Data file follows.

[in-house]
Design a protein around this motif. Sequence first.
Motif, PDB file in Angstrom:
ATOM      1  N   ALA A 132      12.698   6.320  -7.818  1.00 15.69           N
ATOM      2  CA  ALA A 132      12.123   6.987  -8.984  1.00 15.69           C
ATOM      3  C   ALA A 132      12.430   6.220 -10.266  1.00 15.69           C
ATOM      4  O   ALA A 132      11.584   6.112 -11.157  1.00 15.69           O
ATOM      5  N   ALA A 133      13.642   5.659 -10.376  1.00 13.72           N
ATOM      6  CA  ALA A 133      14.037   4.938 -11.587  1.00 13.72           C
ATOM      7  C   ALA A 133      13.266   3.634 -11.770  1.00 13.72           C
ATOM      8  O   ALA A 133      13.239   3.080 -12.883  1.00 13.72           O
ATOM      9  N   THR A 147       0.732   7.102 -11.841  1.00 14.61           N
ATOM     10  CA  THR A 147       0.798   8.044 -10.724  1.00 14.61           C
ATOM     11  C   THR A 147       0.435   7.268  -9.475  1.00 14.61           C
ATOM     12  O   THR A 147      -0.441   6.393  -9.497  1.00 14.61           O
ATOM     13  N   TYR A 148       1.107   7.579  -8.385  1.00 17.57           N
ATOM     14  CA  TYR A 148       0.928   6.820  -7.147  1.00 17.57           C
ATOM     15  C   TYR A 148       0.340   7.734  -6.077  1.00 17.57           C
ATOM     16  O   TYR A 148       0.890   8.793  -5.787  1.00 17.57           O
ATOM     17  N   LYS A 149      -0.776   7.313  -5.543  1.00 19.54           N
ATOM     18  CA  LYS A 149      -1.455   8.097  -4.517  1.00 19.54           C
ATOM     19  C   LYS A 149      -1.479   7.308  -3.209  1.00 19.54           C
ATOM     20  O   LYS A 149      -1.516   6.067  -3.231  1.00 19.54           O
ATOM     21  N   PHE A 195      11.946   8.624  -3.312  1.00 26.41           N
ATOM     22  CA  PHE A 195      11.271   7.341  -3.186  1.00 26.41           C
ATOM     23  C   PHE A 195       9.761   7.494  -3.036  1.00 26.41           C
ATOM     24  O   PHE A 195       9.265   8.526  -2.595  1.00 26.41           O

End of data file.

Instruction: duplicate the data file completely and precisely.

[in-house]
Design a protein around this motif. Sequence first.
Motif, PDB file in Angstrom:
ATOM      1  N   ALA A 132      12.698   6.320  -7.818  1.00 15.69           N
ATOM      2  CA  ALA A 132      12.123   6.987  -8.984  1.00 15.69           C
ATOM      3  C   ALA A 132      12.430   6.220 -10.266  1.00 15.69           C
ATOM      4  O   ALA A 132      11.584   6.112 -11.157  1.00 15.69           O
ATOM      5  N   ALA A 133      13.642   5.659 -10.376  1.00 13.72           N
ATOM      6  CA  ALA A 133      14.037   4.938 -11.587  1.00 13.72           C
ATOM      7  C   ALA A 133      13.266   3.634 -11.770  1.00 13.72           C
ATOM      8  O   ALA A 133      13.239   3.080 -12.883  1.00 13.72           O
ATOM      9  N   THR A 147       0.732   7.102 -11.841  1.00 14.61           N
ATOM     10  CA  THR A 147       0.798   8.044 -10.724  1.00 14.61           C
ATOM     11  C   THR A 147       0.435   7.268  -9.475  1.00 14.61           C
ATOM     12  O   THR A 147      -0.441   6.393  -9.497  1.00 14.61           O
ATOM     13  N   TYR A 148       1.107   7.579  -8.385  1.00 17.57           N
ATOM     14  CA  TYR A 148       0.928   6.820  -7.147  1.00 17.57           C
ATOM     15  C   TYR A 148       0.340   7.734  -6.077  1.00 17.57           C
ATOM     16  O   TYR A 148       0.890   8.793  -5.787  1.00 17.57           O
ATOM     17  N   LYS A 149      -0.776   7.313  -5.543  1.00 19.54           N
ATOM     18  CA  LYS A 149      -1.455   8.097  -4.517  1.00 19.54           C
ATOM     19  C   LYS A 149      -1.479   7.308  -3.209  1.00 19.54           C
ATOM     20  O   LYS A 149      -1.516   6.067  -3.231  1.00 19.54           O
ATOM     21  N   PHE A 195      11.946   8.624  -3.312  1.00 26.41           N
ATOM     22  CA  PHE A 195      11.271   7.341  -3.186  1.00 26.41           C
ATOM     23  C   PHE A 195       9.761   7.494  -3.036  1.00 26.41           C
ATOM     24  O   PHE A 195       9.265   8.526  -2.595  1.00 26.41           O